We just have to be able to be completely self sufficient. Like a Hurricane plan. You have to have all you need to support yourself in case of a catastrophy.

    Ours is just leaving office.

    We need steel, ships, munitions, air planes, banking, food etc., right here. and able to make things for defense, and the domestic market.

    If that means a bailout then so be it.

    Toyota isn’t going to come to our aid if North Korea goes ballistic.

  • avatar

    monkeyboy: Check out what happened (or didn’t happen) at a recent military march of a holiday in N. Korea recently.

    blindfaith : An American family-owned business the rights to an additive that a number of German machines needed and managed to make a lot of money off of that during the war.

  • avatar

    blindfaith I’m not sure who you think was trying to recreate history. No one is saying they didn’t manufacture a lot of weapons during WW2 but that was 60 years ago.

    We need steel, ships, munitions, air planes, banking, food etc., right here.
    We have all that here already, not sure what your point is. My point was we have dedicated military manufacturers and if added capacity is needed again it can be handle just the same as before but using Toyota, Honda, etc. You must forget that Americans work in those places, just because they aren’t UAW branded doesn’t mean they wouldn’t jump right into the effort. And the government has the capacity to use those factories, labor and resources as they need during a wartime effort, whether the owners like it or not, just look at GM and Ford production in Germany under Hitler. The Big 2.8 can barely handle the car biz handing over highly advanced weapons production to them might not work out to well, something they would have to be accountable for. Would you want your life to rely on a Chrysler build tank transmission.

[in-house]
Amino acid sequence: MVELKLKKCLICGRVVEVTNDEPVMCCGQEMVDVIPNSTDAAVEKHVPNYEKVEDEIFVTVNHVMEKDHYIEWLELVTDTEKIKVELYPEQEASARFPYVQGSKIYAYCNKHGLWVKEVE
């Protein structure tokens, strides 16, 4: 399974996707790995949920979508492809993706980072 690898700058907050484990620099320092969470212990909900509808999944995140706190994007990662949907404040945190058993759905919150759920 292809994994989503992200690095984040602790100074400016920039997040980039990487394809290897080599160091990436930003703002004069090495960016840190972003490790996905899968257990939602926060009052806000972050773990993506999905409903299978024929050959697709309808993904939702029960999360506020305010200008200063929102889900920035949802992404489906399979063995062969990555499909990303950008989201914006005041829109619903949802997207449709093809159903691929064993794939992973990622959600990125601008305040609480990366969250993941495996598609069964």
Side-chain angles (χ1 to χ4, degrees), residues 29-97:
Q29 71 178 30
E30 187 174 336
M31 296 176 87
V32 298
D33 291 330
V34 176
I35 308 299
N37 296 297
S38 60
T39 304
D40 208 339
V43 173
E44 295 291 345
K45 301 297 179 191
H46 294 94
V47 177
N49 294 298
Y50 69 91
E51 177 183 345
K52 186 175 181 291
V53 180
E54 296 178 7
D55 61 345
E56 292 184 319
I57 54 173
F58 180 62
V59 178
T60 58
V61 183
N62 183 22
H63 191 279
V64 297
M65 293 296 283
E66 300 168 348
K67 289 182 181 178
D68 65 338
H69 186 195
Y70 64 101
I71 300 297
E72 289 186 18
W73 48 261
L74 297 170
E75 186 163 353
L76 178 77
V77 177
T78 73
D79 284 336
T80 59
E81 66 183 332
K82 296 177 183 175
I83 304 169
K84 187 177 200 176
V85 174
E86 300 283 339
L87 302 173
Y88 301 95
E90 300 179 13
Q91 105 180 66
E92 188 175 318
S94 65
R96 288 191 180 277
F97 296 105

Just because they don’t get bailed out doesn’t mean they will disappear, they just wouldn’t continue on in the form you are used to, it’s called evolving. Propping them up doesn’t force them to change to meet the times.

    Toyota isn’t going to come to our aid if North Korea goes ballistic.

    Japan is reliant on teh US for their defence, especialy in a major conflict, if we get hit they get hit worse. Last time I looked at a map North Korea and Japan weren’t that far apart and don’t have good relations. Toyota, Honda and Nissan would probably offer up their factories, labor, and money before we even asked if any sort of conflict that might threaten them were to happen.

    I agree that we import way too much stuff. We need to start making our own stuff in house and quit buying cheap disposable crap. Man I hate Walmart.